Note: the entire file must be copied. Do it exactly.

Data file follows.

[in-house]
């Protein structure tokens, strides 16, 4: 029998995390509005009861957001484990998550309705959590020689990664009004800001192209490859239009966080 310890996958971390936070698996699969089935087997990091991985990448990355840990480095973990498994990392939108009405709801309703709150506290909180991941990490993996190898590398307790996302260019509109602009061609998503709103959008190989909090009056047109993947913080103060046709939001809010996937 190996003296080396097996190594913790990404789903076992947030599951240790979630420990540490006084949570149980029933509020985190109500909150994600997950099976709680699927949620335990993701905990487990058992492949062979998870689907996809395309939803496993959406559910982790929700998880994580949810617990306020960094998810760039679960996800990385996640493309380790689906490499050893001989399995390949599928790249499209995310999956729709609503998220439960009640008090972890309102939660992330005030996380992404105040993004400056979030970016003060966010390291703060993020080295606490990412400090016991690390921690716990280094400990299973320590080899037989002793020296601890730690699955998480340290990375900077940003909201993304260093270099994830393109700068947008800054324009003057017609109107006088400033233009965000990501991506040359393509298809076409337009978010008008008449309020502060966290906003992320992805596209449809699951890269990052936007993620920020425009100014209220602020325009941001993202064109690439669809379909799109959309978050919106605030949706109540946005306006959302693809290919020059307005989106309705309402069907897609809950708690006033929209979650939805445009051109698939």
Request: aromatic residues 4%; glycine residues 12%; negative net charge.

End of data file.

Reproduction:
[in-house]
């Protein structure tokens, strides 16, 4: 029998995390509005009861957001484990998550309705959590020689990664009004800001192209490859239009966080 310890996958971390936070698996699969089935087997990091991985990448990355840990480095973990498994990392939108009405709801309703709150506290909180991941990490993996190898590398307790996302260019509109602009061609998503709103959008190989909090009056047109993947913080103060046709939001809010996937 190996003296080396097996190594913790990404789903076992947030599951240790979630420990540490006084949570149980029933509020985190109500909150994600997950099976709680699927949620335990993701905990487990058992492949062979998870689907996809395309939803496993959406559910982790929700998880994580949810617990306020960094998810760039679960996800990385996640493309380790689906490499050893001989399995390949599928790249499209995310999956729709609503998220439960009640008090972890309102939660992330005030996380992404105040993004400056979030970016003060966010390291703060993020080295606490990412400090016991690390921690716990280094400990299973320590080899037989002793020296601890730690699955998480340290990375900077940003909201993304260093270099994830393109700068947008800054324009003057017609109107006088400033233009965000990501991506040359393509298809076409337009978010008008008449309020502060966290906003992320992805596209449809699951890269990052936007993620920020425009100014209220602020325009941001993202064109690439669809379909799109959309978050919106605030949706109540946005306006959302693809290919020059307005989106309705309402069907897609809950708690006033929209979650939805445009051109698939």
Request: aromatic residues 4%; glycine residues 12%; negative net charge.